Her eyes darted around the room. Every patron was nodding, holding up a drink to her. Weird was turning to creepy. She looked back at the bartender. “You too? You into this angel shit?”
His cheeks turned pink, and he shrugged. “I’m not the fallen one. I’m the supervisor.”
“Ok, this is totally ridiculous. I’m outta here. How much do I owe you?”
“Three bucks will do it. No need to leave a tip.”
She slid the money across the bar, grabbed her helmet, and strode outside without looking back.
“Angels,” she muttered to herself in disgust. “What kind of idiot do they take me for?”
Once her helmet was buckled on, the Harley roared to life and she spun out of the lot onto the road. But instead of continuing north, for no reason she could name, she turned around and headed back south.
A ten-minute drive down the road, the place was lit up with red and blue lights and every type of emergency vehicle known in the state. First responders were moving around, some tending to the injured, others to the myriad tasks of cleaning up after an accident. The remains of at least two (it was hard to tell) vehicles were ready for the wrecking yard.
A police officer waved Greta onto the shoulder. Eight cars, two big rigs, and three pick-up trucks including one towing a horse trailer, were stopped by the side of the road. Greta eased her bike onto its stand and strolled towards a cluster of people gawking at the disaster and complaining about the time it was taking to clear everything off the road.
“Anyone know what happened?” She said to no-one in particular.
A couple wearing Stetsons and cowboy boots, probably the ones with the horse trailer, glanced at her. The woman took a few steps closer to Greta.
“We heard it was a head-on.” She had the gravelly voice of a chronic smoker. “A couple dead at least, I figure. Where you headed?”
“Back home.” The answer surprised Greta even as it came out of her mouth. “Manhattan Beach.”
“Nice place, if you like the city. We’re heading to a ranch out near Vegas. Long trip. Horses need watering, need exercise. We’ll have to take them out if this goes on much longer.” She pulled a pack of cigarettes out of her pocket and lit up. “Want one?”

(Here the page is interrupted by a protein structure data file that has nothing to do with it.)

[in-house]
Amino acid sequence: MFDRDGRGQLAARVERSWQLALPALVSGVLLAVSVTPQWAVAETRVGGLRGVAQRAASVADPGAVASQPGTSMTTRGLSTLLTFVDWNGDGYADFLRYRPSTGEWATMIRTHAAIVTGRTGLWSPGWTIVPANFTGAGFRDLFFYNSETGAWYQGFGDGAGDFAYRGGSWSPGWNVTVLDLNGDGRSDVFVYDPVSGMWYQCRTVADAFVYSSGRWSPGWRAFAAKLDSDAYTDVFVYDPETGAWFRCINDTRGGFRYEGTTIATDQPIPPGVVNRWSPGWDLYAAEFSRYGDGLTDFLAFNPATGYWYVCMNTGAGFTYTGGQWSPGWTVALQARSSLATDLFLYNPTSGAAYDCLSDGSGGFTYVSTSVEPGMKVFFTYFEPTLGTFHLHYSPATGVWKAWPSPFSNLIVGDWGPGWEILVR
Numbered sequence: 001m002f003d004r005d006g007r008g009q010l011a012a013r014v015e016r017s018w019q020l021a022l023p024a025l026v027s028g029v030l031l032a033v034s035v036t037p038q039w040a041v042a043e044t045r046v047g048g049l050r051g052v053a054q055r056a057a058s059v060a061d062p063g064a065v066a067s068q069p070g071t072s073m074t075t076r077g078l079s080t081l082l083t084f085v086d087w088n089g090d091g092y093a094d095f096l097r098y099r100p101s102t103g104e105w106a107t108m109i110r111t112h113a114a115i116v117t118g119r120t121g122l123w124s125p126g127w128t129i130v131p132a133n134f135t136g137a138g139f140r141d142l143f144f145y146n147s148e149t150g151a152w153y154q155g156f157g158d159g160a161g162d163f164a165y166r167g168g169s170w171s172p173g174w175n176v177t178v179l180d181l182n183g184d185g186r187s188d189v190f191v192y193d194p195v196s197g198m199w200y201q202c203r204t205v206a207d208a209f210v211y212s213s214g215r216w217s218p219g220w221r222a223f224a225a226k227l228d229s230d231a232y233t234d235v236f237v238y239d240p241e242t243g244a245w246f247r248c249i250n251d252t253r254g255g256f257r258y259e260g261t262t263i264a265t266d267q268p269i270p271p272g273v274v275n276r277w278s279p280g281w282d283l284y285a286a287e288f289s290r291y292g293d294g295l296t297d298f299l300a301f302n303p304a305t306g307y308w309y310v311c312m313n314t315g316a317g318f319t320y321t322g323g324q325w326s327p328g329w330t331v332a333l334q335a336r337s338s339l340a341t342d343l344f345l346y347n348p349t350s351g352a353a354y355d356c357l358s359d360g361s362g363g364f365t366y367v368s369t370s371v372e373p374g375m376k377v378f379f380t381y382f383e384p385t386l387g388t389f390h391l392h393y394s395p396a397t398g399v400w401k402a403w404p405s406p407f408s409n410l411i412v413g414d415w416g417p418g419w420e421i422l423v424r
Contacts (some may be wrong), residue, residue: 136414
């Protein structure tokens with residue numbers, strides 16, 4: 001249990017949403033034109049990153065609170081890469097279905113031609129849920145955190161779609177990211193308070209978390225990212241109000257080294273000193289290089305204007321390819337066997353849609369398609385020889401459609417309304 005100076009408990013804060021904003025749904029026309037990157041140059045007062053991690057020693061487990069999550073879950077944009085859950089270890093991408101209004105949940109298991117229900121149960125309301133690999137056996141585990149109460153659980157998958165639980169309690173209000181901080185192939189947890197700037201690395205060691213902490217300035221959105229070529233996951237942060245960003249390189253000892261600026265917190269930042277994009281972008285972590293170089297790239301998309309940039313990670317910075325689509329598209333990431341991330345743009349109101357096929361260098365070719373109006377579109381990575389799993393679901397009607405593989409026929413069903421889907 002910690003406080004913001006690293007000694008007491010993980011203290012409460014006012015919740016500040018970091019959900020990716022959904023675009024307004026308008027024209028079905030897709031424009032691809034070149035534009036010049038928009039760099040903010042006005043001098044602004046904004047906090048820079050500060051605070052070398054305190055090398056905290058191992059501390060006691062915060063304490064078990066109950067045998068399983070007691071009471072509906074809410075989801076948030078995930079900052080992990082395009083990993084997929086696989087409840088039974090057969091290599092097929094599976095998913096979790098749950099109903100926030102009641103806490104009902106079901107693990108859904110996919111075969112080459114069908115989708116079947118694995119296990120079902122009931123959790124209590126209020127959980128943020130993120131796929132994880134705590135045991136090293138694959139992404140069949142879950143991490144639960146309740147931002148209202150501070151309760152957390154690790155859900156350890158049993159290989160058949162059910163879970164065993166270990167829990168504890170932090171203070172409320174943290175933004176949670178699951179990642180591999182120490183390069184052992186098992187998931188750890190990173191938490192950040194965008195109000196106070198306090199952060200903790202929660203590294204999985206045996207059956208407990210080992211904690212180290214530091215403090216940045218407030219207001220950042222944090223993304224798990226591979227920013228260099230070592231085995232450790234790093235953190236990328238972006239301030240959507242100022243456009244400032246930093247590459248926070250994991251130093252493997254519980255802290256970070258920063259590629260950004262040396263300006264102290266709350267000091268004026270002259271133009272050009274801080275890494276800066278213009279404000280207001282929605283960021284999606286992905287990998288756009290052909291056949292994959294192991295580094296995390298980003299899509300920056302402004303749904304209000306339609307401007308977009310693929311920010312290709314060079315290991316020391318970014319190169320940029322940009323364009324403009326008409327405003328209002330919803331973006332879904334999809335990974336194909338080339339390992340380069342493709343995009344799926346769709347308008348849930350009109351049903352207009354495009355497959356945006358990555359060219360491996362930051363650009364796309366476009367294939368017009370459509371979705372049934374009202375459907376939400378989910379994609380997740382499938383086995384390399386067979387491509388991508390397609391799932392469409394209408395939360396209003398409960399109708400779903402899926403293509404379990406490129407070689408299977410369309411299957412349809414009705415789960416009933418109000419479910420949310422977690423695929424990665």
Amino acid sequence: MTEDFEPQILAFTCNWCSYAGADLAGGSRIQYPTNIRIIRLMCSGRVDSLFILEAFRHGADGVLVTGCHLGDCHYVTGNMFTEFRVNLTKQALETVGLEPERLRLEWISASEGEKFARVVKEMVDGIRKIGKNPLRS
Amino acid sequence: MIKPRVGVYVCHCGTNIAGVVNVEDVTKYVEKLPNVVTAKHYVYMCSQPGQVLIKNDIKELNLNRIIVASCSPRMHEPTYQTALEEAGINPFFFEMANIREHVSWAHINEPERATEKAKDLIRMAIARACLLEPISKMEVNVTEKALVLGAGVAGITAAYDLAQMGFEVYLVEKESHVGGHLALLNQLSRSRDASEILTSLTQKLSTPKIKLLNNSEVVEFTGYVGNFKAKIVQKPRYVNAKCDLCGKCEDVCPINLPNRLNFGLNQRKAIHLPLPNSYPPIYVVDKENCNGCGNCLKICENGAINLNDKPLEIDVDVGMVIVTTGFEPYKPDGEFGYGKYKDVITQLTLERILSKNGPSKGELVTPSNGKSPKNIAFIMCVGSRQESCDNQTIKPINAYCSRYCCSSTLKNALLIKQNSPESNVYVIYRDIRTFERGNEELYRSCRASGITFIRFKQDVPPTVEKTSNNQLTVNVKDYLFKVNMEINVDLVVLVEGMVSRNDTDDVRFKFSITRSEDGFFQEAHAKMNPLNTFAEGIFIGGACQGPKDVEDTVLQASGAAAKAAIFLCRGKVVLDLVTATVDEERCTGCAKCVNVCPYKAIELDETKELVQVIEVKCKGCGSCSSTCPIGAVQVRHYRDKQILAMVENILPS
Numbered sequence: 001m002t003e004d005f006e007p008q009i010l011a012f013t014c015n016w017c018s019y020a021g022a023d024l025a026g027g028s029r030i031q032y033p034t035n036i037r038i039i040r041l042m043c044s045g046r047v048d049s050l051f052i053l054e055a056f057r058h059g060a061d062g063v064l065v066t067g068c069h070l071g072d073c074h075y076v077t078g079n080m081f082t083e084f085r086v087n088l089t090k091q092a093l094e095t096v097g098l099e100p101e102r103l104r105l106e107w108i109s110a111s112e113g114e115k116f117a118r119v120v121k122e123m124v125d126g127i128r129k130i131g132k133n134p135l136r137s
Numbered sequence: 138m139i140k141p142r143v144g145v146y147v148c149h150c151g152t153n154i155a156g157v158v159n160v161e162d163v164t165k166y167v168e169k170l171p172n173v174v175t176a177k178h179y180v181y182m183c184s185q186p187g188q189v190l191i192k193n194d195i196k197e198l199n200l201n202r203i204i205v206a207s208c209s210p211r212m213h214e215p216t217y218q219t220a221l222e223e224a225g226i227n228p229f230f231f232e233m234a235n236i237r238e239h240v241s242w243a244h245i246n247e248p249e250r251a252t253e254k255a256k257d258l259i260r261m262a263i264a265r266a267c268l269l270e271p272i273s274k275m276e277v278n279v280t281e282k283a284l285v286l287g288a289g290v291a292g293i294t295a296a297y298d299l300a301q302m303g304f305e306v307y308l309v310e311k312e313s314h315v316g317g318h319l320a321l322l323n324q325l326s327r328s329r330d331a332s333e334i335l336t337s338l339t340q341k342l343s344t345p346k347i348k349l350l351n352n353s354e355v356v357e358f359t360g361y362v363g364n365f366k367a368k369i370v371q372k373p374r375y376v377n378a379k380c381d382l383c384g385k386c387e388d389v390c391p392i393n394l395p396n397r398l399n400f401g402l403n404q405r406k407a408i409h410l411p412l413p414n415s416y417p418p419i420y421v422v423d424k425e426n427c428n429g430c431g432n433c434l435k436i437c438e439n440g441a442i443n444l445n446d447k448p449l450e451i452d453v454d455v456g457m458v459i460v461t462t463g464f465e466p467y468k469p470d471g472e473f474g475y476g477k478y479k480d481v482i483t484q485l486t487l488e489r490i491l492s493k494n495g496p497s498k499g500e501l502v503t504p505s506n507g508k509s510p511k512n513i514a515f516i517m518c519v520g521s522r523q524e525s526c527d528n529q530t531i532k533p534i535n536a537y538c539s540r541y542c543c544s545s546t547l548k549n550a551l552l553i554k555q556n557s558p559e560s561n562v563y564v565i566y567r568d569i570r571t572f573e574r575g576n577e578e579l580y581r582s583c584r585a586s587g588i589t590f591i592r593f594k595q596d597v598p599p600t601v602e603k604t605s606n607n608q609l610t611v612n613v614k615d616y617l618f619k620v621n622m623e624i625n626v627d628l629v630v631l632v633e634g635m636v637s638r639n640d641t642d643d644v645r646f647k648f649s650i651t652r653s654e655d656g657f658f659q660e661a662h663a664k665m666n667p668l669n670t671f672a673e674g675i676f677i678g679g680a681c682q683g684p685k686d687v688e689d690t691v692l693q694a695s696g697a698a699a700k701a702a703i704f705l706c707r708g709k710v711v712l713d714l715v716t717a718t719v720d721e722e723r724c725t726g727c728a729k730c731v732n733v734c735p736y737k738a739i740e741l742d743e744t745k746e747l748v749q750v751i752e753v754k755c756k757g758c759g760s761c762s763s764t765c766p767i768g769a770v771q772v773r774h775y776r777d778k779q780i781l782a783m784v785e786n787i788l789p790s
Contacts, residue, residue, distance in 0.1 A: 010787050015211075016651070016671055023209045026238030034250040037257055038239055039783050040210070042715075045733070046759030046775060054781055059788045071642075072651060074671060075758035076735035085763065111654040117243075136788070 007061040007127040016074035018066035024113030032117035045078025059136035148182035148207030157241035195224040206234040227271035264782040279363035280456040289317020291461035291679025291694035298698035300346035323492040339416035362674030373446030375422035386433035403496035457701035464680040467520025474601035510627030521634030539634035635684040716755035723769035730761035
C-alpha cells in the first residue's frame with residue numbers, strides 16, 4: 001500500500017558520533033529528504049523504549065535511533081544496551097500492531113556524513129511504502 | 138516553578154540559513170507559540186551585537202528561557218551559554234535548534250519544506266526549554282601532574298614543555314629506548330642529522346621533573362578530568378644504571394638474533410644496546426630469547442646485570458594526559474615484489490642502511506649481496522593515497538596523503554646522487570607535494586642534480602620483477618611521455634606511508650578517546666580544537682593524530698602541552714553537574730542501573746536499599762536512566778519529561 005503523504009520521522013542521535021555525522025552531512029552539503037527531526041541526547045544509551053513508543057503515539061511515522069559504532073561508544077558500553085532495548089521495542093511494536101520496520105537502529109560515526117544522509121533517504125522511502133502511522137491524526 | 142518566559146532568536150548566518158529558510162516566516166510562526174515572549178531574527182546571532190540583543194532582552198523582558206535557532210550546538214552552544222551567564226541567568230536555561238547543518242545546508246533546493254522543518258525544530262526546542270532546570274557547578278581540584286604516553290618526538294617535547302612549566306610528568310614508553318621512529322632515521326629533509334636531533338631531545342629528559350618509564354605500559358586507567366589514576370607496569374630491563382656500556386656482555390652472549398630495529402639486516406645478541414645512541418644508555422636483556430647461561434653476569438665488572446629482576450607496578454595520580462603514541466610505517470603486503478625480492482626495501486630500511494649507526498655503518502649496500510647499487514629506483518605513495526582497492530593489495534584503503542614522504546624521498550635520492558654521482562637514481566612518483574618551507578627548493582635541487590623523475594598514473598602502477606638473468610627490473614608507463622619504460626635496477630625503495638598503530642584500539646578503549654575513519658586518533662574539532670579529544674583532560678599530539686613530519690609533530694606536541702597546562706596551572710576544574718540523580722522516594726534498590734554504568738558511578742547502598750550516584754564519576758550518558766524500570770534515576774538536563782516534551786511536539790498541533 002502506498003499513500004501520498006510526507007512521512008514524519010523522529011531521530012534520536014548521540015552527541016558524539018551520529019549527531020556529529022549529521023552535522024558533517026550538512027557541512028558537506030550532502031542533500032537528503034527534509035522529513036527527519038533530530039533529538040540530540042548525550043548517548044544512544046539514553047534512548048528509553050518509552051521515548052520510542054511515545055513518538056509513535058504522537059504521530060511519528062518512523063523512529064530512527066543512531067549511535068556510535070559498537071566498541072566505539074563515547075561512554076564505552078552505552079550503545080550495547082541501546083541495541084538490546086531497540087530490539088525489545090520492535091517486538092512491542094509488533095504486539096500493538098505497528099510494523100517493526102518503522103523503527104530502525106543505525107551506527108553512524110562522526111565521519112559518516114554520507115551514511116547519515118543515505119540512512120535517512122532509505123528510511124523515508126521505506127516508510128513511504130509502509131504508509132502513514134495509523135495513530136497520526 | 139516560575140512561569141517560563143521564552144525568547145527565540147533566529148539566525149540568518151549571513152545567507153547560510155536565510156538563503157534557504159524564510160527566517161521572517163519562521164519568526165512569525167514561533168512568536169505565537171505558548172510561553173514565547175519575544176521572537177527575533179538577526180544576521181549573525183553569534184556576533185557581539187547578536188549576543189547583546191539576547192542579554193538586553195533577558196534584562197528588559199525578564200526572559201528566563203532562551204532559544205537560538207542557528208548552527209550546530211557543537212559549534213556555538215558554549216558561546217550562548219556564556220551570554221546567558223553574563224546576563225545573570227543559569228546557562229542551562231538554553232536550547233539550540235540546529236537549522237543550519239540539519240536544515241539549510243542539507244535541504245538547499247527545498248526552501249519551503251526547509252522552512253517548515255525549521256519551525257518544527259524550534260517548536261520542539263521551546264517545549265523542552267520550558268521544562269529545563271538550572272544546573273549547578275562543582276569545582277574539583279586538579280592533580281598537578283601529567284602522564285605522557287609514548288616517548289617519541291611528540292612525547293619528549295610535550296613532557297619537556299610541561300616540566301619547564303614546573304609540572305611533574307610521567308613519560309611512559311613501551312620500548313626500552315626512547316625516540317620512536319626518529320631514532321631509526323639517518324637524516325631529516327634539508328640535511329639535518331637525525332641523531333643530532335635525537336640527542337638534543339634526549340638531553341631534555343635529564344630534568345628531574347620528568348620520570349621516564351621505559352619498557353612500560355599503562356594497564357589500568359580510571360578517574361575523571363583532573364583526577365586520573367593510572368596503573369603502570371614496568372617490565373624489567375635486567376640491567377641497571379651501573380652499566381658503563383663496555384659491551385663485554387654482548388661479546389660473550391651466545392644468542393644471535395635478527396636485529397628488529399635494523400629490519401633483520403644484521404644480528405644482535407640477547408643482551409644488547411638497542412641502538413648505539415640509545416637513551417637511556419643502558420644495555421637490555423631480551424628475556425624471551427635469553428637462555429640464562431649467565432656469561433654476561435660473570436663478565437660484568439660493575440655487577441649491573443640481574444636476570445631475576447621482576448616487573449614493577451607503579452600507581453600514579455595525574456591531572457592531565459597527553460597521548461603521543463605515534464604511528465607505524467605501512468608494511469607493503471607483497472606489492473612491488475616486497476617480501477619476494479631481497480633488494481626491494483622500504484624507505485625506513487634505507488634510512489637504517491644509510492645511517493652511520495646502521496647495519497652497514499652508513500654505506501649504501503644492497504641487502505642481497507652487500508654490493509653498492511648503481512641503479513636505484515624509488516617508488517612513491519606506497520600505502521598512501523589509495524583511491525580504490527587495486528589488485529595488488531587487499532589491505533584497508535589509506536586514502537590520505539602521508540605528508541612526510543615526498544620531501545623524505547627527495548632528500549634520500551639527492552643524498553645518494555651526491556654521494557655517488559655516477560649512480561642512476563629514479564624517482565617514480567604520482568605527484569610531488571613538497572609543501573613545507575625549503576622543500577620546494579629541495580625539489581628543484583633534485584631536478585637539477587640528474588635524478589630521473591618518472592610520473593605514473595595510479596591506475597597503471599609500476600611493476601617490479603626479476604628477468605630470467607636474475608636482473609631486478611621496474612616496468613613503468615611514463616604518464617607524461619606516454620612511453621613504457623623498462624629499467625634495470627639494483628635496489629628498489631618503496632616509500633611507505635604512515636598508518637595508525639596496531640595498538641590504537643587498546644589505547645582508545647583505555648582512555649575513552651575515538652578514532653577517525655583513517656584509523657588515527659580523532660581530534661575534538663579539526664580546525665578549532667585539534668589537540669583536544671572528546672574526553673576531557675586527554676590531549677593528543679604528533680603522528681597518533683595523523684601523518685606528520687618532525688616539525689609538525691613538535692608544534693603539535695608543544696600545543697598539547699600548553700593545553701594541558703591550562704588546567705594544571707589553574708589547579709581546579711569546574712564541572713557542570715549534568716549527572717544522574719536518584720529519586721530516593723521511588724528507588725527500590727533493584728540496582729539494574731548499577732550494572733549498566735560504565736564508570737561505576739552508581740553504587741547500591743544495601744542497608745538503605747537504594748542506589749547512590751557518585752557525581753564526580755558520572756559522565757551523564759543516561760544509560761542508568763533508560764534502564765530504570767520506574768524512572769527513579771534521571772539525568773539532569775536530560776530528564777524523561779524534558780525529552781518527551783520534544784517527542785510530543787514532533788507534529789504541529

Greta shook her head. “No thanks.” She looked at her cell phone. No bars. Damn! What if Wade was trying to reach her? It occurred to her that she still cared. “Say, you know anything about the bar back there? Fallen Angels?”
The other woman rolled her eyes and pursed her lips. “Weird bunch. Harmless. In fact, they’d give you the shirts off their backs if you needed anything. They tell you the angel story?”
“Uh-huh. Maybe they figured the story would improve their crappy lives somehow.”
“Maybe. But I gotta tell ya, since they arrived, ain’t nobody along this road died in an accident. Three years. Used ta happen all the time, specially when the skiers were drivin’ home from Mammoth, drunker ‘n’ skunks.”
Greta stared at the wreckage again. It was hard to imagine anyone surviving that. “I bet the record was broken tonight.”
A couple of officers approached the stranded travelers. “Ambulances will be heading out shortly, then we’ll get you on your way. Thanks for your patience.”
Stetson woman leaned forward and touched the cop on the arm. “Officer, how many people died?”
“None. I can’t say more than that, though.” He walked away.
She looked at Greta, her eyebrows raised in amazement. “None? Some kind of miracle, don’t you think?”
As she listened, Greta noticed the bartender and the guy who had spoken to her at Fallen Angels. They were across the road, behind all the emergency vehicles, heading north, on foot.